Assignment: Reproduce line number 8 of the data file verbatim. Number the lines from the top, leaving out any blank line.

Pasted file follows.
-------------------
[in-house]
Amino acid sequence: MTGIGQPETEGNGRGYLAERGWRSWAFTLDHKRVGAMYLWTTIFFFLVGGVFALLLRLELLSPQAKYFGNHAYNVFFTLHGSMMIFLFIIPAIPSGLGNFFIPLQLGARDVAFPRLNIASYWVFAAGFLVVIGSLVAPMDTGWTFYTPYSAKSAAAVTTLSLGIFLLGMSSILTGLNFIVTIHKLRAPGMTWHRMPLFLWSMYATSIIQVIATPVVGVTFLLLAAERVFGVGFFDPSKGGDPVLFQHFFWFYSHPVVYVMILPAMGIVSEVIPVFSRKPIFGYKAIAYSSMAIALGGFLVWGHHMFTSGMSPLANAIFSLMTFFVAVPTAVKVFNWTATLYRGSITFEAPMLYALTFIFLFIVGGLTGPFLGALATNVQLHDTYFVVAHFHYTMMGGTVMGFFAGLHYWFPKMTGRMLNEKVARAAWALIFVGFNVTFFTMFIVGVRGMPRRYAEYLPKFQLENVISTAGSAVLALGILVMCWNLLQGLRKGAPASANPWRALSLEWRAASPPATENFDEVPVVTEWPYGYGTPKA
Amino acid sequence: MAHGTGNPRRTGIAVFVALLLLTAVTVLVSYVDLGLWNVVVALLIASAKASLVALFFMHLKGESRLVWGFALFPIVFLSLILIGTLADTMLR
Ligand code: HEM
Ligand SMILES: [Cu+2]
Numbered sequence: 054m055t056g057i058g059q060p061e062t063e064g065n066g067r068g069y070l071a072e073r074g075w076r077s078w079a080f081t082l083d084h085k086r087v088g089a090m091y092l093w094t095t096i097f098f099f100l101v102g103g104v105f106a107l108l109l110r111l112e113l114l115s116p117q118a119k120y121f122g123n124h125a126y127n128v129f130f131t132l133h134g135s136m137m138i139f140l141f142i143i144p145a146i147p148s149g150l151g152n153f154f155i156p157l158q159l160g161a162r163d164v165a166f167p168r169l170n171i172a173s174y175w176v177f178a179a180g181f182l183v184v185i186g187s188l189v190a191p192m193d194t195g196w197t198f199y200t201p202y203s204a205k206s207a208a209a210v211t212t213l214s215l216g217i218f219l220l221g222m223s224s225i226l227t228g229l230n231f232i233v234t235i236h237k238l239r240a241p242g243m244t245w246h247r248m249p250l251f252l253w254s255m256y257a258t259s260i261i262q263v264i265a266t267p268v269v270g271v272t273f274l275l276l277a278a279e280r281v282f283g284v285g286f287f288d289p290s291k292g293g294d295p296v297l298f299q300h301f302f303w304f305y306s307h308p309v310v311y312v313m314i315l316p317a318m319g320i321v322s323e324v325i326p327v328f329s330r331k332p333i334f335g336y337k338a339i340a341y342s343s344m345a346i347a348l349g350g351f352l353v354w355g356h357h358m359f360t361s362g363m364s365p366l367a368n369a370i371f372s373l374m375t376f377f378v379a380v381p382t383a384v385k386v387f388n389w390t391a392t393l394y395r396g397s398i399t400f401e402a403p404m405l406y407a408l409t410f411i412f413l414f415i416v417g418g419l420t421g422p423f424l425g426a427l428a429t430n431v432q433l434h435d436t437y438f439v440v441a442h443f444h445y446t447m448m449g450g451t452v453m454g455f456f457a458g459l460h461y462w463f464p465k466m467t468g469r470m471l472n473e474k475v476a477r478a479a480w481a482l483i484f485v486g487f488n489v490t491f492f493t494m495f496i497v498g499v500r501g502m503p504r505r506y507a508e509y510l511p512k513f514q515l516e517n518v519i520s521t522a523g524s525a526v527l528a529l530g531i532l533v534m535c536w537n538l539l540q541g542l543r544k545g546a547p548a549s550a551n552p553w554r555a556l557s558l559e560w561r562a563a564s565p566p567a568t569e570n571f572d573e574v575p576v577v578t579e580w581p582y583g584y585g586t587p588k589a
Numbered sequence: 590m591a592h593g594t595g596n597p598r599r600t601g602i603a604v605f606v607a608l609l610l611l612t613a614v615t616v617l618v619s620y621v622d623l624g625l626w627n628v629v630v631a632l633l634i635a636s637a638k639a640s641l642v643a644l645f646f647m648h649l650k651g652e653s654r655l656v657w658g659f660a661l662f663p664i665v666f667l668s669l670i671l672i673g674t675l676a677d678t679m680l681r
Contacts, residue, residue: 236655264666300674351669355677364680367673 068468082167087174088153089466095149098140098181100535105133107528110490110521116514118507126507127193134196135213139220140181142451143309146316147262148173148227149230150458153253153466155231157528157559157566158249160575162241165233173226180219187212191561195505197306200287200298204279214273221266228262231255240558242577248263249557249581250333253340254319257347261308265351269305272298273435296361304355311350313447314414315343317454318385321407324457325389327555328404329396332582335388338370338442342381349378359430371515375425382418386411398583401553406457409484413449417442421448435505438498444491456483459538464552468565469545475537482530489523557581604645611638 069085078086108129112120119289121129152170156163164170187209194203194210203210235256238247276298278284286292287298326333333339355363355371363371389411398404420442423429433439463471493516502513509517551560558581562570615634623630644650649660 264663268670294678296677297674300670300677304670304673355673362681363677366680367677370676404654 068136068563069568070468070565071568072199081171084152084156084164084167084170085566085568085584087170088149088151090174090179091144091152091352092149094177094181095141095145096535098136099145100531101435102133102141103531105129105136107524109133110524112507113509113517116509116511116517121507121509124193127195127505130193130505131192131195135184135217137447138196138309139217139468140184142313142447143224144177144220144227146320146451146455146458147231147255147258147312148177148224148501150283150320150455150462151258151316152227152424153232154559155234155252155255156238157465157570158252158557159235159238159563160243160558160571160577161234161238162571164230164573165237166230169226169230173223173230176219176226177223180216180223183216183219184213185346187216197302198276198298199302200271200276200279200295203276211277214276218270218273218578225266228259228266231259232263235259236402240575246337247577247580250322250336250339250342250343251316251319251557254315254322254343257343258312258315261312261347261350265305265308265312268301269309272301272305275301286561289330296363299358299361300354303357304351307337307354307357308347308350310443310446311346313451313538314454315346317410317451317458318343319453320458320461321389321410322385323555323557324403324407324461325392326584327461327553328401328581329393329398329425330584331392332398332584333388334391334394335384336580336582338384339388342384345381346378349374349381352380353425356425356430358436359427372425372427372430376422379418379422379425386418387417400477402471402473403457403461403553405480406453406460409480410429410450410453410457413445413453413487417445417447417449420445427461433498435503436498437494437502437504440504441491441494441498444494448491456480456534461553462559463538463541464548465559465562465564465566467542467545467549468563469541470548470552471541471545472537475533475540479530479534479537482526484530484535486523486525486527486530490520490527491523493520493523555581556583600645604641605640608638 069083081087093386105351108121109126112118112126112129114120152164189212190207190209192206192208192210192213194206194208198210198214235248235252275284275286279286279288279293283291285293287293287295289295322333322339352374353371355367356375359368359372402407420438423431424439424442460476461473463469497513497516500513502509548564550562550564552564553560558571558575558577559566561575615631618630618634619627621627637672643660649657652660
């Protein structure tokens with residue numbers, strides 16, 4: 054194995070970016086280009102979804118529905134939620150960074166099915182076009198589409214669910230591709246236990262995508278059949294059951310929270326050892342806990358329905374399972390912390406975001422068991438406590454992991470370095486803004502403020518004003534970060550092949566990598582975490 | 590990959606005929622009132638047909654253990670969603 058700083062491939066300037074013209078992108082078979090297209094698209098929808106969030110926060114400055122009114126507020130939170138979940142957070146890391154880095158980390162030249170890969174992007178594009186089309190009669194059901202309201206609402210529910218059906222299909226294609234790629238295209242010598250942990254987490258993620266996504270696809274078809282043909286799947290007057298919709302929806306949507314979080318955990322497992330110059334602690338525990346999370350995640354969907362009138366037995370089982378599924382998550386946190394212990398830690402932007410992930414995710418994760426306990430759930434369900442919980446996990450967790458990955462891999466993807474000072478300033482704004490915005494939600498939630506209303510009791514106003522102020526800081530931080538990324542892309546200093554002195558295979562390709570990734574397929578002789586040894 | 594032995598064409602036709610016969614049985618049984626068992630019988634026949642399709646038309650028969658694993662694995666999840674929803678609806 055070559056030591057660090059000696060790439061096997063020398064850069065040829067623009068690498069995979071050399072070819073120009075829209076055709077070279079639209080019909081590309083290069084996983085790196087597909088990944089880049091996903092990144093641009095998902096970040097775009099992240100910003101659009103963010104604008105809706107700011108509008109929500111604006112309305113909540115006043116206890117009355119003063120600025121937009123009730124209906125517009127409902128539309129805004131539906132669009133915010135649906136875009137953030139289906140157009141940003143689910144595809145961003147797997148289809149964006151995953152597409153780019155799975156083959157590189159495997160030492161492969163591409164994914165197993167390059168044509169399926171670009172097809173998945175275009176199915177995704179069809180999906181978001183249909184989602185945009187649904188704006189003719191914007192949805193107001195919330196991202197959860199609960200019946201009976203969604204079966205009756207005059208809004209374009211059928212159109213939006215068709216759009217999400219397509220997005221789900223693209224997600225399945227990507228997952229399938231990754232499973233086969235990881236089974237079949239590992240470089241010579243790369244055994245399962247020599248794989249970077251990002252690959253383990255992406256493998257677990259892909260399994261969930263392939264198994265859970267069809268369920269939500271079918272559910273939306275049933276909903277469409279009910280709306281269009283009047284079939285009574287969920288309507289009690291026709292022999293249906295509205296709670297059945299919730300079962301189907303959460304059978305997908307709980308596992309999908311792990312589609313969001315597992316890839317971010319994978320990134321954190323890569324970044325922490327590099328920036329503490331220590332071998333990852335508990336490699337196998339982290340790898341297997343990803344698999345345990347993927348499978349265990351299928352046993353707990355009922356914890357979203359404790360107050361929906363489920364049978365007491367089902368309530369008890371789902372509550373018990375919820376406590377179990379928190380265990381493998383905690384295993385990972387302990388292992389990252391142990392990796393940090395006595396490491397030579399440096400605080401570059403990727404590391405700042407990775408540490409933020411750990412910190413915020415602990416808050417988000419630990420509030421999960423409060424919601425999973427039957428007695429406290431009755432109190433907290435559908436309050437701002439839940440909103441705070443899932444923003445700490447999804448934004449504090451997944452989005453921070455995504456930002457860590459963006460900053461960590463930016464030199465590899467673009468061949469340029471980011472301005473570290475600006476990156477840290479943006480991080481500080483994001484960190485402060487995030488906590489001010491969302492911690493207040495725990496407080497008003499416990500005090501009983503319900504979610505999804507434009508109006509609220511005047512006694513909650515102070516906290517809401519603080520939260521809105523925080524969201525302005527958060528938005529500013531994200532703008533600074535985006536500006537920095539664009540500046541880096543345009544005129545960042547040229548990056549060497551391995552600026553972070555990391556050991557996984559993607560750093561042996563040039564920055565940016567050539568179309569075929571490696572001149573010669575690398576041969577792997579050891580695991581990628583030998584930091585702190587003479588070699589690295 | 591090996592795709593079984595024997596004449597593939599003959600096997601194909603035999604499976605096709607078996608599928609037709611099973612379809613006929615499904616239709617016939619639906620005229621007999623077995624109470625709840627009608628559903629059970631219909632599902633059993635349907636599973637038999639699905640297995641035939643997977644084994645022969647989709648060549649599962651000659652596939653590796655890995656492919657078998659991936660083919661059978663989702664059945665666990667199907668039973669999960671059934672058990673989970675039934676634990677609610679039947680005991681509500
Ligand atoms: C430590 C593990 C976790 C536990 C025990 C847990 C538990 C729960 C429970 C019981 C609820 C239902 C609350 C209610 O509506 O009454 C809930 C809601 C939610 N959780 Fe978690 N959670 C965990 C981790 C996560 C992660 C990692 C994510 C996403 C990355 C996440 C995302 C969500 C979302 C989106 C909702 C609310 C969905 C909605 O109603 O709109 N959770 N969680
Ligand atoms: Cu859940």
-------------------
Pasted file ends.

Contacts, residue, residue: 236655264666300674351669355677364680367673 068468082167087174088153089466095149098140098181100535105133107528110490110521116514118507126507127193134196135213139220140181142451143309146316147262148173148227149230150458153253153466155231157528157559157566158249160575162241165233173226180219187212191561195505197306200287200298204279214273221266228262231255240558242577248263249557249581250333253340254319257347261308265351269305272298273435296361304355311350313447314414315343317454318385321407324457325389327555328404329396332582335388338370338442342381349378359430371515375425382418386411398583401553406457409484413449417442421448435505438498444491456483459538464552468565469545475537482530489523557581604645611638 069085078086108129112120119289121129152170156163164170187209194203194210203210235256238247276298278284286292287298326333333339355363355371363371389411398404420442423429433439463471493516502513509517551560558581562570615634623630644650649660 264663268670294678296677297674300670300677304670304673355673362681363677366680367677370676404654 068136068563069568070468070565071568072199081171084152084156084164084167084170085566085568085584087170088149088151090174090179091144091152091352092149094177094181095141095145096535098136099145100531101435102133102141103531105129105136107524109133110524112507113509113517116509116511116517121507121509124193127195127505130193130505131192131195135184135217137447138196138309139217139468140184142313142447143224144177144220144227146320146451146455146458147231147255147258147312148177148224148501150283150320150455150462151258151316152227152424153232154559155234155252155255156238157465157570158252158557159235159238159563160243160558160571160577161234161238162571164230164573165237166230169226169230173223173230176219176226177223180216180223183216183219184213185346187216197302198276198298199302200271200276200279200295203276211277214276218270218273218578225266228259228266231259232263235259236402240575246337247577247580250322250336250339250342250343251316251319251557254315254322254343257343258312258315261312261347261350265305265308265312268301269309272301272305275301286561289330296363299358299361300354303357304351307337307354307357308347308350310443310446311346313451313538314454315346317410317451317458318343319453320458320461321389321410322385323555323557324403324407324461325392326584327461327553328401328581329393329398329425330584331392332398332584333388334391334394335384336580336582338384339388342384345381346378349374349381352380353425356425356430358436359427372425372427372430376422379418379422379425386418387417400477402471402473403457403461403553405480406453406460409480410429410450410453410457413445413453413487417445417447417449420445427461433498435503436498437494437502437504440504441491441494441498444494448491456480456534461553462559463538463541464548465559465562465564465566467542467545467549468563469541470548470552471541471545472537475533475540479530479534479537482526484530484535486523486525486527486530490520490527491523493520493523555581556583600645604641605640608638 069083081087093386105351108121109126112118112126112129114120152164189212190207190209192206192208192210192213194206194208198210198214235248235252275284275286279286279288279293283291285293287293287295289295322333322339352374353371355367356375359368359372402407420438423431424439424442460476461473463469497513497516500513502509548564550562550564552564553560558571558575558577559566561575615631618630618634619627621627637672643660649657652660